'Intact' Body of Toddler Recovered, Questions Raised About Safety At Disney Resorts After Gator Attack
The child was playing in shallow water, when the gator attacked. Now questions are being raised about Disney's safety rules.
The body of the 2-year-old boy snatched by an alligator at a Disney resort in Orlando has been recovered, authorities announced Wednesday.
The body of Lane Graves, who was visiting the resort with his family from Nebraska, was "completely intact" when it was found by a dive team Wednesday afternoon, Orange County Sheriff Jerry Demings said at a press conference.
"At about 1:45 today, members of the Sheriff's Office dive team located what is believed to be the remains of the deceased 2-year-old," Demings said. "At about 3:30 today, we recovered the remains from the water, and that body has now been turned over to the Medical Examiner's office."
Police and a Roman Catholic priest delivered the heartbreaking news to the boy's parents, Matt and Melissa Graves, who were visiting the resort with Lane and their 4-year-old daughter from Elkhorn, Nebraska.
"The family was distraught, but also I believe, somewhat relieved that we were able to find the body of their son with his body intact," Demings said.
"I am absolutely stunned and heartbroken to learn of his family's unspeakable loss," said Anna Shymankski, a friend of the father, in an email to the Orlando Sentinel. "Matt's family is the light of his life and his family's anguish is our own."
Little Lane was standing in six to 12 inches of water at the Seven Seas Lagoon at Disney's Grand Floridian Resort & Spa around 9 p.m. Tuesday when the 4- to 7-foot gator attacked him and dragged him into the water.
The reptile lunged in a matter of seconds, police said.
As the family grieved, questions arose about safety at Disney resort hotels surrounding the man-made lagoon, where gator sitings have been made in the past, according to local reports.
The water line is posted with 'No Swimming' signs, but there are no warnings about gators in the lagoon, the paper reported.
Grand Floridian janitor Mike Hamilton said he was so worried about gators swimming close to the shore of the Seven Seas Lagoon, he told managers they should fence off the area, the paper reported Wednesday night.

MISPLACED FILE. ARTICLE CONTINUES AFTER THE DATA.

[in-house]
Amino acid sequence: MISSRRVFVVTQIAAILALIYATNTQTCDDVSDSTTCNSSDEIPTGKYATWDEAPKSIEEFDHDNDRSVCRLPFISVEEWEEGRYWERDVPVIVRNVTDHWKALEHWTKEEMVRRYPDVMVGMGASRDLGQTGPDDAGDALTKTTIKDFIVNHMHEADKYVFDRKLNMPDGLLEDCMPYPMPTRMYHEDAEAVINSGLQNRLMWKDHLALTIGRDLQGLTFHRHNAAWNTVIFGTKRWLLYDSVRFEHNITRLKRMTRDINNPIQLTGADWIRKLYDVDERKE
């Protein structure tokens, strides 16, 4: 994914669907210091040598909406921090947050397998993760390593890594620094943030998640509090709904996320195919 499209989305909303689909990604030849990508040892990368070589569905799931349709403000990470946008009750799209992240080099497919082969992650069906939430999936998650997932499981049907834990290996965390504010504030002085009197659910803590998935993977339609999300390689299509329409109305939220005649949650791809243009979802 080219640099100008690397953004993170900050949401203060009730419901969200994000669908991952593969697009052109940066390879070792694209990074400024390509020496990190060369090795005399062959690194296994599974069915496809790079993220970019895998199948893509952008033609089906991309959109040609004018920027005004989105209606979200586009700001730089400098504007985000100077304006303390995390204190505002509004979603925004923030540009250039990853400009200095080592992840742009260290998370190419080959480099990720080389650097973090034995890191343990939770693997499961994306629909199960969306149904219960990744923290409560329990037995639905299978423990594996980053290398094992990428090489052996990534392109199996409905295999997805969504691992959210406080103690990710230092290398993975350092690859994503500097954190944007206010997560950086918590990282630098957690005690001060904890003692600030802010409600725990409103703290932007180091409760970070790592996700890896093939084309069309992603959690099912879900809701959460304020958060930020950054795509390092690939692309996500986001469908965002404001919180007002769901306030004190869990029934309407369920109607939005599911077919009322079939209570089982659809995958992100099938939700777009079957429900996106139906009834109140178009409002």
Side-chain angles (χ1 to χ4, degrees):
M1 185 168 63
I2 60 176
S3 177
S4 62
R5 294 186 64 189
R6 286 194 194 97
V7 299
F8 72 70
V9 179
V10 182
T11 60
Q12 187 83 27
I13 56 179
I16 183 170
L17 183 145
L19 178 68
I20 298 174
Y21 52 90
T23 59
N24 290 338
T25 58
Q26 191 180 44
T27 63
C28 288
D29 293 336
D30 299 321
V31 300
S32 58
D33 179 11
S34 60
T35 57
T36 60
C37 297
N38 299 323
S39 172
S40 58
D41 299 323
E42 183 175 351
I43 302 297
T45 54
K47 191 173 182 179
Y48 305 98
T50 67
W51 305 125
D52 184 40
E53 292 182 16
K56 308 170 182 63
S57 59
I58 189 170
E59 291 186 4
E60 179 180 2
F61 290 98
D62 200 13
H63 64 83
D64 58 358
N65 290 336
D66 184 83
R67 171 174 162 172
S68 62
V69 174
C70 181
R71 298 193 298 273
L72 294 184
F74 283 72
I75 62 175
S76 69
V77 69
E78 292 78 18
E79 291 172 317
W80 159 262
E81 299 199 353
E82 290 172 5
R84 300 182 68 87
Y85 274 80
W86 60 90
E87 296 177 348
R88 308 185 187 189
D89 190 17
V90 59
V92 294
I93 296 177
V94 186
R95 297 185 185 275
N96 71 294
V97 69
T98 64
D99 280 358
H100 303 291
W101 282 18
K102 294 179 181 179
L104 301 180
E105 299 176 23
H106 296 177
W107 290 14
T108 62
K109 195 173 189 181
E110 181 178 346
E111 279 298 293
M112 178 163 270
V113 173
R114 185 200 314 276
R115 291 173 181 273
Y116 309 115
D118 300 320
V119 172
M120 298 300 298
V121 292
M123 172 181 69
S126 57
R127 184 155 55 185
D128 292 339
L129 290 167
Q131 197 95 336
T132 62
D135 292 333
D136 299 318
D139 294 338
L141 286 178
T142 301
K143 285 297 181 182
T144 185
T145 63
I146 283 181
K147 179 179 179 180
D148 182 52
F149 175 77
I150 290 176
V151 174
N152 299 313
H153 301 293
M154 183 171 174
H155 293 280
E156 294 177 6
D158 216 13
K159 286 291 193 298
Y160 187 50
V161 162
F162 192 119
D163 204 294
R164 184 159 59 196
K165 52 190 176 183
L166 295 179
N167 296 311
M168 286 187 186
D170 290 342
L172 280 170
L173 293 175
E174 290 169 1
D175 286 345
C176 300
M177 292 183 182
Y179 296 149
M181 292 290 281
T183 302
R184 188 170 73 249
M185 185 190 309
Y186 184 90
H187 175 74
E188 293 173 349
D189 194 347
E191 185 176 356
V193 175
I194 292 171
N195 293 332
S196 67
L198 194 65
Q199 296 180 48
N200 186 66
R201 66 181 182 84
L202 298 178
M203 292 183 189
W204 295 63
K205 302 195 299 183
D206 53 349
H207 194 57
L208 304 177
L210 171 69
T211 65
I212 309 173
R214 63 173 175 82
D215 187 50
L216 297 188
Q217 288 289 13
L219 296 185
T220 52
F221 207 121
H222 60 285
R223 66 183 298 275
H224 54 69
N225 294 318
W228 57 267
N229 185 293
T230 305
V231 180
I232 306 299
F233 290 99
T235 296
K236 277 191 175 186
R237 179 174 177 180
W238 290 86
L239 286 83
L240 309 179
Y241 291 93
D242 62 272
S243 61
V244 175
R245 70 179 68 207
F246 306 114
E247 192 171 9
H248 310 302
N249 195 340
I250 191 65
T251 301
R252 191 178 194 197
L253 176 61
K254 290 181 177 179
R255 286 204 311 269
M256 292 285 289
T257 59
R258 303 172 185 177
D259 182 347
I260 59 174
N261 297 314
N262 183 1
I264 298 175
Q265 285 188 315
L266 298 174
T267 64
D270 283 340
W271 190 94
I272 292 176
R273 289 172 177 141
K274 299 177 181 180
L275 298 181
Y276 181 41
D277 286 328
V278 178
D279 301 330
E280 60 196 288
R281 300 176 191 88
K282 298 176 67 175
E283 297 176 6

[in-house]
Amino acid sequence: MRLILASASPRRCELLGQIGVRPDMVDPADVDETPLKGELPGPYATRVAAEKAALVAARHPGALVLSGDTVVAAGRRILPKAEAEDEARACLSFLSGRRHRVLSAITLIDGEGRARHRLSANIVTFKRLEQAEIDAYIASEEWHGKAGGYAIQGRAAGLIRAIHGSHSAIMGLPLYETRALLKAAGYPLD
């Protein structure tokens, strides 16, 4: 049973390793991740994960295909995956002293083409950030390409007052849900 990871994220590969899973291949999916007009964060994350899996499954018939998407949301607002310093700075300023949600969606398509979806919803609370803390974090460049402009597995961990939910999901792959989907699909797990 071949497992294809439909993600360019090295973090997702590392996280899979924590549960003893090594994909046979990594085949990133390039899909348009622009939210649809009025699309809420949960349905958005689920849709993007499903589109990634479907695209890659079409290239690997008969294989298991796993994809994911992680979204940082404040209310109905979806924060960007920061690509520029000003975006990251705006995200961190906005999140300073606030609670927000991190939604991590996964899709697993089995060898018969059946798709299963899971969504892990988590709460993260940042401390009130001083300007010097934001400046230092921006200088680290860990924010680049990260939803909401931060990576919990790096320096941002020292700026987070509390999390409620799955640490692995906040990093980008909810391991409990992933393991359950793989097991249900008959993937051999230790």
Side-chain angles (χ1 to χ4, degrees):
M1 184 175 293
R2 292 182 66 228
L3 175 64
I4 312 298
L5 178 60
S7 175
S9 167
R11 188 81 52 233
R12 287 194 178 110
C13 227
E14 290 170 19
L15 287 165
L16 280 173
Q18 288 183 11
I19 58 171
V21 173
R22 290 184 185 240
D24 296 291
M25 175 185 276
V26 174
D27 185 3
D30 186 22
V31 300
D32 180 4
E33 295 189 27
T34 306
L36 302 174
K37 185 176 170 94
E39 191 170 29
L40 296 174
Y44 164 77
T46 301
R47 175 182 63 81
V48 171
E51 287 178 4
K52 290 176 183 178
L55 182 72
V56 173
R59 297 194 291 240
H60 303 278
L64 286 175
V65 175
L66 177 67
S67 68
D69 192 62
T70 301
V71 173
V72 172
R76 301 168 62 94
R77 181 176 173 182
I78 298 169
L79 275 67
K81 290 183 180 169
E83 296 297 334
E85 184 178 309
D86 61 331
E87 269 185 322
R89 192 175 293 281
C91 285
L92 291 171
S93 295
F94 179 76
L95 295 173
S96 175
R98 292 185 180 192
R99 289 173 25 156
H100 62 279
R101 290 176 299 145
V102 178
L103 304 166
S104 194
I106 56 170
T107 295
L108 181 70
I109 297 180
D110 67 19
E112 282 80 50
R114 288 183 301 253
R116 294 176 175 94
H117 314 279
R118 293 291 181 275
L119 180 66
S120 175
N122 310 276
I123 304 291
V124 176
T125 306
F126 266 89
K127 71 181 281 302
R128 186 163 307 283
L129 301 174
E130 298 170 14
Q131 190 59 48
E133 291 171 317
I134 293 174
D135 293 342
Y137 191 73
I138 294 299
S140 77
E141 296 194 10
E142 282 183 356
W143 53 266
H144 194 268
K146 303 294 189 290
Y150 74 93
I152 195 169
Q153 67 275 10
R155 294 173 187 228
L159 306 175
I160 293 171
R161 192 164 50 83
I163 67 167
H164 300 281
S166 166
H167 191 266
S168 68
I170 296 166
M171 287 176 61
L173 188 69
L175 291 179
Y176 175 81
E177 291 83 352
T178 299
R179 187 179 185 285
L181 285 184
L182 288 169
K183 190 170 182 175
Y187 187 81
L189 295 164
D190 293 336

Alfred Smith of Charleston, South Carolina, said he told a Grand Floridian employee Tuesday night about a gator he saw in the lagoon, the Sentinel said.
San Diego attorney David Hiden told the paper that he had to whisk his son to safety last year after an alligator approached the 8-year-old as he stood in calf-deep water at Disney's Coronado Springs.
"If I hadn't gone down there, in another two seconds my kid would have been killed," he said.
Disney officials say they monitor the resorts for alligators, but the sprawling amusement park and hotels, circled by marshes and canals, span more than 40 square miles.
"They're surrounded by (a) quintessential alligator habitat," conservationist and TV personality Jeff Corwin, who hosts "Ocean Mysteries," told the Sentinel. The show runs on ABC, which is owned by The Walt Disney Co.
According to the Florida Fish and Wildlife Conservation, the park runs its own alligator abatement program, relying on private wranglers and staff to round up reptiles.
The paper quoted an unidentified employee as saying there is a problem with guests feeding the gators as if they were pets. Alligator experts say that is dangerous because the creatures then come to associate humans as sources of food.
Alligators have been spotted in the park itself, with a former Disney World raft operator telling the Sentinel that he once had to delay opening Tom Sawyer's Island because a family of gators had camped out on the raft.
A tourist posted this video of a gator she said she saw in a Walt Disney World parking lot:
Alligator casually walking over disney's parking lot?? pic.twitter.com/CNc1qz94cMMay 1, 2016
On Wednesday, the sheriff described how Matt Graves tried to save his little boy. "The father entered the water and tried to grab the child from the gator, but was not successful," he told reporters.
Dozens of officers from multiple rescue agencies swarmed the lake and used sonar technology to look for Lance after the family alerted a lifeguard about the attack.
Bill Wilson of Indiana said he watched from his hotel balcony and heard screams and splashing. "I thought someone got in a fight," he told the paper. "I looked over and here comes one of the lifeguards ... The mother was there and she was frantic, running up and down looking."
Wildlife workers have taken five alligators out of the lake to be euthanized and analyzed.
"Everyone here at the Walt Disney World Resort is devastated by this tragic accident. Our thoughts are with the family. We are helping the family and doing everything we can to assist law enforcement." Jacquee Wahler, vice president of Walt Disney World Resorts, said in a statement.
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